Should You Redeem Your Credit Card Rewards Right Away or Save Them for Later?

by Lyle Daly | July 18, 2019

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To get the most from your credit card rewards, redeem them at the right time.

$100 bills and credit card

Image source: Getty Images

With all the credit cards out there offering great perks and big bonuses, it’s not hard to accumulate a lot of rewards.

The tricky part is figuring out when to redeem those rewards. Many consumers don’t make the wisest decisions. They end up getting less value from their rewards because of poor timing.

To help you avoid that, let’s look at when to redeem different types of credit card rewards. We’ll look at cash back, travel rewards, and store points.

Cash in your cash back ASAP

You should redeem cash back as soon as you can because it continually loses value due to inflation. Even though your cash back won’t lose much of its value year to year, it doesn’t make sense to hold on to it. Maximize its value by redeeming it immediately.

Lots of people prefer the feeling of redeeming $500 or $1,000 in cash back instead of $20 to $50 per month. But from a value perspective, taking the smaller, more frequent payouts is the better move.

The best way to put this into practice is to redeem your cash back every month as a statement credit towards your credit card bill. Or, if your credit card has a minimum redemption amount, redeem every time you reach that minimum.

Keep in mind that many of the best cash-back cards allow you to set up automatic redemptions for specific periods of time, such as monthly or every three months. You can also sometimes automatically redeem every time you reach a certain balance. This can save you time over constantly logging in and redeeming your cash back manually.

Aim for maximum value with travel rewards

With travel rewards, the value you get for your points depends on how you redeem them. High-priced travel gets you a higher value per point. For example, if you book domestic economy airfare using your points, you may get around $0.01 per point. But domestic first-class airfare could fetch you $0.02 or $0.03 per point.

It’s a good idea to reserve your points for more expensive trips. Pay for cheaper trips in cash. Imagine that you have two trips planned this year:

  • One trip from California to Texas.
  • One trip from California to Japan.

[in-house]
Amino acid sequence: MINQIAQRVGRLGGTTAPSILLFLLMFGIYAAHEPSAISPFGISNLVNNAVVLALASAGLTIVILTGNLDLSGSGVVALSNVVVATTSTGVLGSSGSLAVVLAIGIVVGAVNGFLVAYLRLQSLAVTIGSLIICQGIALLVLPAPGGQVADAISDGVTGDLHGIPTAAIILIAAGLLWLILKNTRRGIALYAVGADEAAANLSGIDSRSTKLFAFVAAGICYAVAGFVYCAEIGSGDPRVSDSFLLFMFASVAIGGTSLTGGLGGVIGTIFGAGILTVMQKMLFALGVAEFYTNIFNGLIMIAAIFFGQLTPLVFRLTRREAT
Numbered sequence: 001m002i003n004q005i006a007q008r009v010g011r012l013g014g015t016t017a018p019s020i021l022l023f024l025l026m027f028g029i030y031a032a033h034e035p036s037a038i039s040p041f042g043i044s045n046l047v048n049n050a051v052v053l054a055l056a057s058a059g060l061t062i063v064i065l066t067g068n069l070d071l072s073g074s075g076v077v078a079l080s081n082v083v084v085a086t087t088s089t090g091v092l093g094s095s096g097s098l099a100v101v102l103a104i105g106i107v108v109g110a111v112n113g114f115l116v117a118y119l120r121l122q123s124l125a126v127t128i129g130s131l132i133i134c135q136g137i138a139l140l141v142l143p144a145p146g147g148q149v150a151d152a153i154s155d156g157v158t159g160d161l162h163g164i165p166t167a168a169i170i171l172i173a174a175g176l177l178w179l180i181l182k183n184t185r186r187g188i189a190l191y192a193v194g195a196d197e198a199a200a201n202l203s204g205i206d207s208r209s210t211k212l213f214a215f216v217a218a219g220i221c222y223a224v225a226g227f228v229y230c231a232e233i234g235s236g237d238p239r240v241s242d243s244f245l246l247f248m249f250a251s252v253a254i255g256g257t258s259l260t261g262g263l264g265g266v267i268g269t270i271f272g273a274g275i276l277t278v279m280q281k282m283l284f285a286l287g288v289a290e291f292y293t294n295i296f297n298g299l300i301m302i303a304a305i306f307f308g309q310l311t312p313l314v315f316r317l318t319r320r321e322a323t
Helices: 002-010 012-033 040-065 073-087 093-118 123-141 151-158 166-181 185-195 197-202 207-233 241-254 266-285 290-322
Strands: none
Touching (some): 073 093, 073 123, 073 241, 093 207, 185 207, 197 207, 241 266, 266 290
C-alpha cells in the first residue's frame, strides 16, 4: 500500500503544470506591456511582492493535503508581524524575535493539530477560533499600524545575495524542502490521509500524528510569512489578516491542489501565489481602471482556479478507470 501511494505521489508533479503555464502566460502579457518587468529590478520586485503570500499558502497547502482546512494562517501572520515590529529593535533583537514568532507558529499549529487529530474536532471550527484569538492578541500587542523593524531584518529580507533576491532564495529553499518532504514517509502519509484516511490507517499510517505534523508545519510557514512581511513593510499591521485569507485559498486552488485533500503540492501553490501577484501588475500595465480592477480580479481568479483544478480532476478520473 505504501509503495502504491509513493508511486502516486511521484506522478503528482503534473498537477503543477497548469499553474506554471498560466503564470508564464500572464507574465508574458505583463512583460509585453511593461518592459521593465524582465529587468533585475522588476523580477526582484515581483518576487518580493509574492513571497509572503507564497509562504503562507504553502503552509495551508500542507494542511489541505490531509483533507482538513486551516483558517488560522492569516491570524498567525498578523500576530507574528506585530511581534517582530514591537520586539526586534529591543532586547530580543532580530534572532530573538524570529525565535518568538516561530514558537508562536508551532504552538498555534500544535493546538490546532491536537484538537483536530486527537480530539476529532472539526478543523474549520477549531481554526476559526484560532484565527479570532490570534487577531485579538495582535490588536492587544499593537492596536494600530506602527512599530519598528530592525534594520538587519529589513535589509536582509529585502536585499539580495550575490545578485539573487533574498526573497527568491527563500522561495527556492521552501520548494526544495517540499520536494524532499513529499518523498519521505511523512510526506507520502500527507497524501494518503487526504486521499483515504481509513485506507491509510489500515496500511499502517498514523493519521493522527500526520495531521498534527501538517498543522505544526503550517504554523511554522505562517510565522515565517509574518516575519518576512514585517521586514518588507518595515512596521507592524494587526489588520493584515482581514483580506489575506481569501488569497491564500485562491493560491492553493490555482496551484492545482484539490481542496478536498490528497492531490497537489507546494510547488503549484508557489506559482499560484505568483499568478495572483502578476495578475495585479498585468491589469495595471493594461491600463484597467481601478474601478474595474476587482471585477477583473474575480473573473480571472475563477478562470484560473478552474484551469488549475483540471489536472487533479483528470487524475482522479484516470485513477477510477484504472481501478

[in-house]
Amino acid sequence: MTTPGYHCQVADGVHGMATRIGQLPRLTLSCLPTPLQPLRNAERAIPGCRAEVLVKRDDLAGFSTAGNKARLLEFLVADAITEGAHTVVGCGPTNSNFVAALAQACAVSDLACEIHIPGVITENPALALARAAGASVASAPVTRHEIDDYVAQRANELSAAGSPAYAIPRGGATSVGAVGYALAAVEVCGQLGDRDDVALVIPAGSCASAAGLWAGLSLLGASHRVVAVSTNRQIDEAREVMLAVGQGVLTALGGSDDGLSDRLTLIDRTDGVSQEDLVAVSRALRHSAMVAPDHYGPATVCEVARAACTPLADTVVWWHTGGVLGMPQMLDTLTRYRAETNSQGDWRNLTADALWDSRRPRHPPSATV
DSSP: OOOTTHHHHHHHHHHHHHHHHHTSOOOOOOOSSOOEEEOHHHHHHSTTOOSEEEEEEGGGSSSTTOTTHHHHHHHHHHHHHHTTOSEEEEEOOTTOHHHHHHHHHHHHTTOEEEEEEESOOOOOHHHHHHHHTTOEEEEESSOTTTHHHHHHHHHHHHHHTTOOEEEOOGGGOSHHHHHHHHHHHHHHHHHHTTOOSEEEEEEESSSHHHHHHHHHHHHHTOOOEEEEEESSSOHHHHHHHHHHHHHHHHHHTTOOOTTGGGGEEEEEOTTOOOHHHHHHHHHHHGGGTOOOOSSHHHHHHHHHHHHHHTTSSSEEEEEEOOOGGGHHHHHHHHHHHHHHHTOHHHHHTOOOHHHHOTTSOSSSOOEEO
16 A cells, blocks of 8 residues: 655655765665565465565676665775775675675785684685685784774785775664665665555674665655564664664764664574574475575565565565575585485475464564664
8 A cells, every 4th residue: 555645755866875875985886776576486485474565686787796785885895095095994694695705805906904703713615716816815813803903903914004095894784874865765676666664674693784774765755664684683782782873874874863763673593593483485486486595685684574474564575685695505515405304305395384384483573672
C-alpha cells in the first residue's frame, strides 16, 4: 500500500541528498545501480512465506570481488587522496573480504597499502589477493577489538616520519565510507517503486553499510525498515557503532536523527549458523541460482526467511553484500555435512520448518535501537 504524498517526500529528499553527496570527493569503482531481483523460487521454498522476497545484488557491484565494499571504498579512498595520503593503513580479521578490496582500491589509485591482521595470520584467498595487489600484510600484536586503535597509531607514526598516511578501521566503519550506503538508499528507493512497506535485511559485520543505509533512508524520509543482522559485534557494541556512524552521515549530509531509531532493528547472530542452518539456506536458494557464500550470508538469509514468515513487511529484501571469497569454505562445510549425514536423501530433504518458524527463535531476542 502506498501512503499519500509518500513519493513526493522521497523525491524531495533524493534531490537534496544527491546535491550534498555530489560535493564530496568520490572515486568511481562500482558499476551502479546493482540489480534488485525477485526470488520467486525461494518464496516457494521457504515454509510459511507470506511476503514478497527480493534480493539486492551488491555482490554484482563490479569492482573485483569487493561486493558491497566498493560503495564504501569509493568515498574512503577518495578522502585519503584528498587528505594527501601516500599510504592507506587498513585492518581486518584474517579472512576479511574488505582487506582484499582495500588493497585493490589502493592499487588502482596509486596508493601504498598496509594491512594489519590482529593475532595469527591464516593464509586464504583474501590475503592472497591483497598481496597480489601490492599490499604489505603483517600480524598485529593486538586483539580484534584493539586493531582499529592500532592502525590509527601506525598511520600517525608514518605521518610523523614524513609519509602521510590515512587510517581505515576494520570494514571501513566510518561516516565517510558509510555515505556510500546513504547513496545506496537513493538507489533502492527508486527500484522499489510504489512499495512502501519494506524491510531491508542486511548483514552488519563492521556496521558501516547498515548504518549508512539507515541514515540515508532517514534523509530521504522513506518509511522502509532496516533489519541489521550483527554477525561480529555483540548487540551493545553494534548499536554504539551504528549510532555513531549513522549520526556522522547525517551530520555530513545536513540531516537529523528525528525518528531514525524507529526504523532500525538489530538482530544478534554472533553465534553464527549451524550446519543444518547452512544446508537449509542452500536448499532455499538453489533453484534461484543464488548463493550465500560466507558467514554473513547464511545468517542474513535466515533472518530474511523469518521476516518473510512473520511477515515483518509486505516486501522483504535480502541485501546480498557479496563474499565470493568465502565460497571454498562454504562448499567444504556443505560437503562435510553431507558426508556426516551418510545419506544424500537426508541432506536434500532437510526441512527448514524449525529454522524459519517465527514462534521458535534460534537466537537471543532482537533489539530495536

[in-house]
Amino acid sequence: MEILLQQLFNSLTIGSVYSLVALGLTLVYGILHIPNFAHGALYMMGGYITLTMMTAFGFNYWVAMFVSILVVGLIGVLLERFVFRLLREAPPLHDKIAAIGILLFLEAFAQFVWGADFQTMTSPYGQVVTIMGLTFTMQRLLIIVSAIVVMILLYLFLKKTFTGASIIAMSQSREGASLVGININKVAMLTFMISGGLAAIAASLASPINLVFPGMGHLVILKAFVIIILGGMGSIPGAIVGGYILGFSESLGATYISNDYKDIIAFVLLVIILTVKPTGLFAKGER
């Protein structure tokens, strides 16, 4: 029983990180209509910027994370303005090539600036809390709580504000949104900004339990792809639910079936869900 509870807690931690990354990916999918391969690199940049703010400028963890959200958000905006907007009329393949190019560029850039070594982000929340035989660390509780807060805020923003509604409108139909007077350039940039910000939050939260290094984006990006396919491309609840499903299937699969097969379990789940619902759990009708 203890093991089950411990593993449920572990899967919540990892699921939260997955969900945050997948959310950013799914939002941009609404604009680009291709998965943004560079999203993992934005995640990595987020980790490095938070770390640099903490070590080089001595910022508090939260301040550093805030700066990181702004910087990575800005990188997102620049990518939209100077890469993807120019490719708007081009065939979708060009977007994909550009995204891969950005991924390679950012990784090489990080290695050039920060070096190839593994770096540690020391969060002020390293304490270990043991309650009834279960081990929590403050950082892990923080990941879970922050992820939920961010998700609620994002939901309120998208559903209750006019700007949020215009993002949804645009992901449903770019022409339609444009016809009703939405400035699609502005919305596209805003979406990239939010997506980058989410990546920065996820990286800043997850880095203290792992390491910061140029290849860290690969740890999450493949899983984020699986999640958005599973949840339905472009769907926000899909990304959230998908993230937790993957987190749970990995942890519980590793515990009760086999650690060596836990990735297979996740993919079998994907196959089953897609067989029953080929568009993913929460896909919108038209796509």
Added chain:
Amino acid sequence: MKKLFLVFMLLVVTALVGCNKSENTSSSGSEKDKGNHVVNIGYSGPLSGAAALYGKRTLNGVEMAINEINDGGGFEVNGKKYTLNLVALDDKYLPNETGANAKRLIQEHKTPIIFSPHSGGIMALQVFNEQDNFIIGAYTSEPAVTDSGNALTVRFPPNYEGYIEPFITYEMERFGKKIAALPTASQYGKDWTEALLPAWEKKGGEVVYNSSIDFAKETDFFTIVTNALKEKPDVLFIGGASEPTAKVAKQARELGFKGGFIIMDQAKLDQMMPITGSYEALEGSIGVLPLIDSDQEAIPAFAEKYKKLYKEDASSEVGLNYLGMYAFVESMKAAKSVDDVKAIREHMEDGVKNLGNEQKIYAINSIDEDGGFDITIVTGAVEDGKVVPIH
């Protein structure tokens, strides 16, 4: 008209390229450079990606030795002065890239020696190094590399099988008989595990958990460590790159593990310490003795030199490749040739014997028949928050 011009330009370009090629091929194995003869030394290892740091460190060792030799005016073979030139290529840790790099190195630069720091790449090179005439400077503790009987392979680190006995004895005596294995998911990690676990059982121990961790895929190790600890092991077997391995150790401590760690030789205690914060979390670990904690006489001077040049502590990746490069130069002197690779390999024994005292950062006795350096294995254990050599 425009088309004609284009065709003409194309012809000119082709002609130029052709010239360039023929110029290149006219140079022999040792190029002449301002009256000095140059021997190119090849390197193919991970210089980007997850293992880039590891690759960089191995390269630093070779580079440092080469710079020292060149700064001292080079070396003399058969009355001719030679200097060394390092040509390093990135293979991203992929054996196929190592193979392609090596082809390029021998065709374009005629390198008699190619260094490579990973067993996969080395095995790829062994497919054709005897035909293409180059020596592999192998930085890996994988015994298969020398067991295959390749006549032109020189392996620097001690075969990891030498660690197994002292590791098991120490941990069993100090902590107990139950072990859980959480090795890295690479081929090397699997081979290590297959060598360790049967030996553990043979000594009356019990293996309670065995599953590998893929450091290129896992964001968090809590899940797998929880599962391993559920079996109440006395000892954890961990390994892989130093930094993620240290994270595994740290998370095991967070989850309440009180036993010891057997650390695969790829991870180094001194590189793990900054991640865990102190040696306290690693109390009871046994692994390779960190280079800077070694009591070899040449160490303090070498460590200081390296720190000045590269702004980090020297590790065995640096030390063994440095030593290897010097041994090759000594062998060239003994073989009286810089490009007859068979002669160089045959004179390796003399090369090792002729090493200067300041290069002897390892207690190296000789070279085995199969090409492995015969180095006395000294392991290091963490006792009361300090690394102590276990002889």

Of the two, the international flight to Japan is going to cost more. You’re better off using your travel rewards for the Japan trip where you can likely get more value per point.

The caveat here is that you shouldn’t hang on to travel rewards in hopes of one day using them for the perfect high-value redemption. Just like cash back, travel rewards lose value the longer you hang on to them because of inflation. In some cases, there are also devaluations. You’re better off using your travel rewards when you have the opportunity.

By the way, the advice above applies to travel credit cards that let you use your points for bookings or transfers to travel partners for bookings. Certain travel cards only offer fixed-rate travel redemptions, where you redeem your points towards any travel purchase and get a set value for them (typically $0.01 per point). Since those points will be worth the same amount no matter how you redeem them, you should use them the first chance you get.

Redeem store rewards the next time you shop there

Store credit cards typically earn points that cardholders can redeem for a gift card. Most stores make this convenient by letting you digitally load your gift card to your account and applying it automatically in-store or online.

The smart financial decision is to use your store rewards promptly. Saving $20 on a purchase today is better than saving $20 on a purchase a year from now.

After you’ve hit the minimum redemption amount, apply your store rewards towards your next purchase.

Don’t wait around

Consumers often like to hoard their credit card rewards for a big future redemption. But this isn’t the best strategy. Each type of reward loses value the longer you have it.

The whole point of getting a rewards credit card is the value it offers. Maximize your card’s value by redeeming your rewards regularly.

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As long as you pay them off each month, credit cards are a no-brainer for savvy Americans. They protect against fraud far better than debit cards, help raise your credit score, and can put hundreds (or thousands!) of dollars in rewards back in your pocket each year.

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